Education, From The Capitol To The Classroom

Obama’s Proposed Budget Emphasizes Higher Education

    Despite reports that a majority-Republican Congress likely means President Barack Obama’s budget proposal will be “dead on arrival,” he is pushing for more spending in many areas, including education. 

    President Barack Obama's 2016 budget proposal details $70.7 billion in spending for the Department of Education. (Photo Credit: U.S. Department of Education)

    President Barack Obama\’s 2016 budget proposal details $70.7 billion in spending for the Department of Education. (Photo Credit: U.S. Department of Education)

    If President Obama gets his way, the federal Department of Education will get $70.7 billion in funding for fiscal year 2016. That’s $3.6 billion more than the agency currently receives.

    Education spending only makes up part of President Barack Obama’s nearly $4 trillion plan, but it’s a significant chunk of change. We won’t take you through every cent, but here’s one thing you should keep an eye on: higher education. Getting a degree (and helping students pay for it) is one item taking center stage for Obama and his education secretary, Arne Duncan, in this budget session, to the tune of $4.3 million. 

    Here are a few ways they plan to help out:

    • Access + Affordability = Outcomes. The president’s equation aims to give more Americans the opportunity for education past high school – whether that’s a traditional four-year degree or an experience supplemented by community college.  Money will go toward simplifying financial aid forms and income-based student loan repayment plans, and partnering with businesses to create more on-the-job training and apprenticeship opportunities, as well as…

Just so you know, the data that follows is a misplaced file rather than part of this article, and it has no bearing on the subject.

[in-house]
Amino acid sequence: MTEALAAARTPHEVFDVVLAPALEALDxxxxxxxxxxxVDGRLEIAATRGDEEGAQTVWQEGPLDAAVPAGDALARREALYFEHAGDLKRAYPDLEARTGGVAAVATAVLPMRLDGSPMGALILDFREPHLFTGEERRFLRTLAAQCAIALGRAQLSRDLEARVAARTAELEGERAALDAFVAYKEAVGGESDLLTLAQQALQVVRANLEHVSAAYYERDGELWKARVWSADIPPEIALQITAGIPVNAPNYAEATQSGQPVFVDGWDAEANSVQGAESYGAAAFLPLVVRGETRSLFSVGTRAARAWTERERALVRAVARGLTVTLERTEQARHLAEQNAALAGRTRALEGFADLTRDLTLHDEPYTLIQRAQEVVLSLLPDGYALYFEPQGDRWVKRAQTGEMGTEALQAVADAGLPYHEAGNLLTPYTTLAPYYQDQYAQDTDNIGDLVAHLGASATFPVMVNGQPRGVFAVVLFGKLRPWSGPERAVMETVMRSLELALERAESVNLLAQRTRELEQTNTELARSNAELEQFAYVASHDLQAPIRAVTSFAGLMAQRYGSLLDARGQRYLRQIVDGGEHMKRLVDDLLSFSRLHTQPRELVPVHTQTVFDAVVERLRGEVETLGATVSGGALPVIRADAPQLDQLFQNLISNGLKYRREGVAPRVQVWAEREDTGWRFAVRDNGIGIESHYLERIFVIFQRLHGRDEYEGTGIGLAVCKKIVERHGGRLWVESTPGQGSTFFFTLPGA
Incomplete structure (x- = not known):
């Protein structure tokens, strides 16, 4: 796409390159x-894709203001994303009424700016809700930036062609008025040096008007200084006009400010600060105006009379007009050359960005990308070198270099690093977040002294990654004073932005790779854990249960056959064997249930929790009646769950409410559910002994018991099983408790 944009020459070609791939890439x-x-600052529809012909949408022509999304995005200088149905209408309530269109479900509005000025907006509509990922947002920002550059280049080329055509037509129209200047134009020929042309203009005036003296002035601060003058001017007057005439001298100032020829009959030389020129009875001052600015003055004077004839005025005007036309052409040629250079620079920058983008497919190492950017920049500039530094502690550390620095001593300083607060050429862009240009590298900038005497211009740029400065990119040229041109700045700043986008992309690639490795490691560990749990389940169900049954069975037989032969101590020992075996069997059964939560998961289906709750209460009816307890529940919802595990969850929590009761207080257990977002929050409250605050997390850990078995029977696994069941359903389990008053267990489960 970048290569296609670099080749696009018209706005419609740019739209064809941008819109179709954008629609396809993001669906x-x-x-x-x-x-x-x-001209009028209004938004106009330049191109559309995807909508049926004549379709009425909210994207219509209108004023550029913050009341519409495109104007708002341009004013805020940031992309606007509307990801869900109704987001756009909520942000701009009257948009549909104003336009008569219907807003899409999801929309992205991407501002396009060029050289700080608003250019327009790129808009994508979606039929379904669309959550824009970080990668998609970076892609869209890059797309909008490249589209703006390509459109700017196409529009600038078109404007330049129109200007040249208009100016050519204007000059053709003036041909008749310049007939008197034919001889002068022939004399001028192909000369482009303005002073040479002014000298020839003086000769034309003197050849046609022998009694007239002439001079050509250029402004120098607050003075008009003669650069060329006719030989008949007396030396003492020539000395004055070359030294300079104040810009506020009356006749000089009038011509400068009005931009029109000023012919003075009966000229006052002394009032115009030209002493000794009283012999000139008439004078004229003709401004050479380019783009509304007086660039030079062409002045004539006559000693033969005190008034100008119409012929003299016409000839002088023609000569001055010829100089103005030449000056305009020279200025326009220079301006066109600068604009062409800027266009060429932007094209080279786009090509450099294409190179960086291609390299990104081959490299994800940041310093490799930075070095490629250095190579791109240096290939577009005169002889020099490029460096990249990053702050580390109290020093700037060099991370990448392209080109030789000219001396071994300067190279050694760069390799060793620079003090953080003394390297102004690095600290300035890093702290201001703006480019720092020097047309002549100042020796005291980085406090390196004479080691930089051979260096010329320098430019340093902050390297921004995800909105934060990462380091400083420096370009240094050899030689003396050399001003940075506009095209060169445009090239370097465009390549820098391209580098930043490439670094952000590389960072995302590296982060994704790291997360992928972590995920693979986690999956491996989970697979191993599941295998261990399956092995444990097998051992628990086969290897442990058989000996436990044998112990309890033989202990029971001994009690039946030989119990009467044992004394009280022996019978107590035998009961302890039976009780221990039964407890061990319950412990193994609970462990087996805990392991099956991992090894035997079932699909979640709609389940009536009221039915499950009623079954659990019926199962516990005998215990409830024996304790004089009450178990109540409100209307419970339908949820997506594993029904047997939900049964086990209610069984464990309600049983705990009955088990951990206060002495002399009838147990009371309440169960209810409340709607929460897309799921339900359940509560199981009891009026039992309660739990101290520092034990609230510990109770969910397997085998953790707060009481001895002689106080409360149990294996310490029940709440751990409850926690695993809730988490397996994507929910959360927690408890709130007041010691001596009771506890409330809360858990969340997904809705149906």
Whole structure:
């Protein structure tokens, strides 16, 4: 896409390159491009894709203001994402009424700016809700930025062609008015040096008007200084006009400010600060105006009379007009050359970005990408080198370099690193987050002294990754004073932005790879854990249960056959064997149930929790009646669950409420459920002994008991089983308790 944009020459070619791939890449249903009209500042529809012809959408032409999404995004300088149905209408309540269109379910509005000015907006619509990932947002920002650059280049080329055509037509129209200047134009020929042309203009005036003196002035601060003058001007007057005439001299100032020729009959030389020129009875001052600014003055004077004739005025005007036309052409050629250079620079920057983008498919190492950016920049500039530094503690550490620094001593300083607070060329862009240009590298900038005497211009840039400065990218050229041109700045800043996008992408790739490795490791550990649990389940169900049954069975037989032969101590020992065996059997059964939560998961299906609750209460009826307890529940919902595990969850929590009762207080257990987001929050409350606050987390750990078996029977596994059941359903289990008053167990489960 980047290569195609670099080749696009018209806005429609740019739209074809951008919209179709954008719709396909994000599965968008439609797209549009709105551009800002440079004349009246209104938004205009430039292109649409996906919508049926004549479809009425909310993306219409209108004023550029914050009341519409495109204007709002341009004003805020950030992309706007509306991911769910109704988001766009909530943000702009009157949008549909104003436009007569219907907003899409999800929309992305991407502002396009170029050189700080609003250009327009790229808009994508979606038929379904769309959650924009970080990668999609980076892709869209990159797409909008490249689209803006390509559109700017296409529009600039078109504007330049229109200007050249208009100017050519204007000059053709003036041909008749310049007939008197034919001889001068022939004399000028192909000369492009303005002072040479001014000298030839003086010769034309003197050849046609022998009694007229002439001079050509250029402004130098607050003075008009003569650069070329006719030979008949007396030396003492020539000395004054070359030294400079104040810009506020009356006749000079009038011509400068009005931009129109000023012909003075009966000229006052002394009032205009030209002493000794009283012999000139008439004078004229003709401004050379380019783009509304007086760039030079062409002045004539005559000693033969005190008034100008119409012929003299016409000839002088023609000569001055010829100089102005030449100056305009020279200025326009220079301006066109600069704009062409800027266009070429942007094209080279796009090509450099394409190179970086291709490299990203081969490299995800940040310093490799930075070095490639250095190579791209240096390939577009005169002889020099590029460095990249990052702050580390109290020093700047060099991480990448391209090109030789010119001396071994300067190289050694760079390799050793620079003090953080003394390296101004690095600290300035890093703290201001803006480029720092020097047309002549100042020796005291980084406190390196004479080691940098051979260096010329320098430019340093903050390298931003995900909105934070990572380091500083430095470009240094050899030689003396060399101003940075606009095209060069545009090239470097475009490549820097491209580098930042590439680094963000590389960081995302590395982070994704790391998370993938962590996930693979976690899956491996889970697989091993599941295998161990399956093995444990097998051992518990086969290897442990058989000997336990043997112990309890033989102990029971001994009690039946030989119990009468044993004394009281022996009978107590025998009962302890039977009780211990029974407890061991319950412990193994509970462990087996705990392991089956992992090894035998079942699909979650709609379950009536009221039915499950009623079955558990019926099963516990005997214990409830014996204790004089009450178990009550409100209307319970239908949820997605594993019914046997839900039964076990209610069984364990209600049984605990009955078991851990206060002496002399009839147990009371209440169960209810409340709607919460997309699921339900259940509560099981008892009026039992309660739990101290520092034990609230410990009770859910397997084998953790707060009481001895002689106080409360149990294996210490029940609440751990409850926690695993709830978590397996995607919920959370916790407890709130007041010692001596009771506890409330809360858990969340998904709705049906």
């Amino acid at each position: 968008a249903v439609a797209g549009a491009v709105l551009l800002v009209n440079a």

• Free community college. We’ve been hearing about this idea since the president began previewing his State of the Union address last month. We know the basics: the program, called America’s College Promise, would make two years of community college free and universal, as long as students attend school half-time and maintain a specific GPA. This budget finally gives us some concrete numbers for the initiative: the president is asking for $1.36 billion in 2016, and $60.3 billion over the next 10 years.
    • Technical training. Sticking with the theme of career prep, Obama is asking for $200 million for a proposed “American Technical Training Fund.” The initiative – which would be a joint effort between the USED and the federal Department of Labor – would expand programs that include school-employer partnerships and work-based learning opportunities. In essence, the president says he wants to help workers gain the skills they need to fill jobs in sectors like energy, information technology and manufacturing.

    President Obama will likely detail some of this postsecondary spending when he visits Ivy Tech Community College in Indianapolis Friday. Details have not yet been confirmed, but White House sources say the commander in chief will “talk about how to prepare Americans to earn higher wages and the importance of making paychecks of working families go further.”

    Since this is arguably the last presidential budget proposal Obama will hand out before the race for 2016 gets into full swing, the priorities he sets now will likely become conversation pieces during that election cycle.

    Congress will dive into the president’s request right away, but there is no set date for passage.

    As for Indiana, Gov. Mike Pence presented his budget to the Indiana General Assembly last month, which also includes a lot of education line items.


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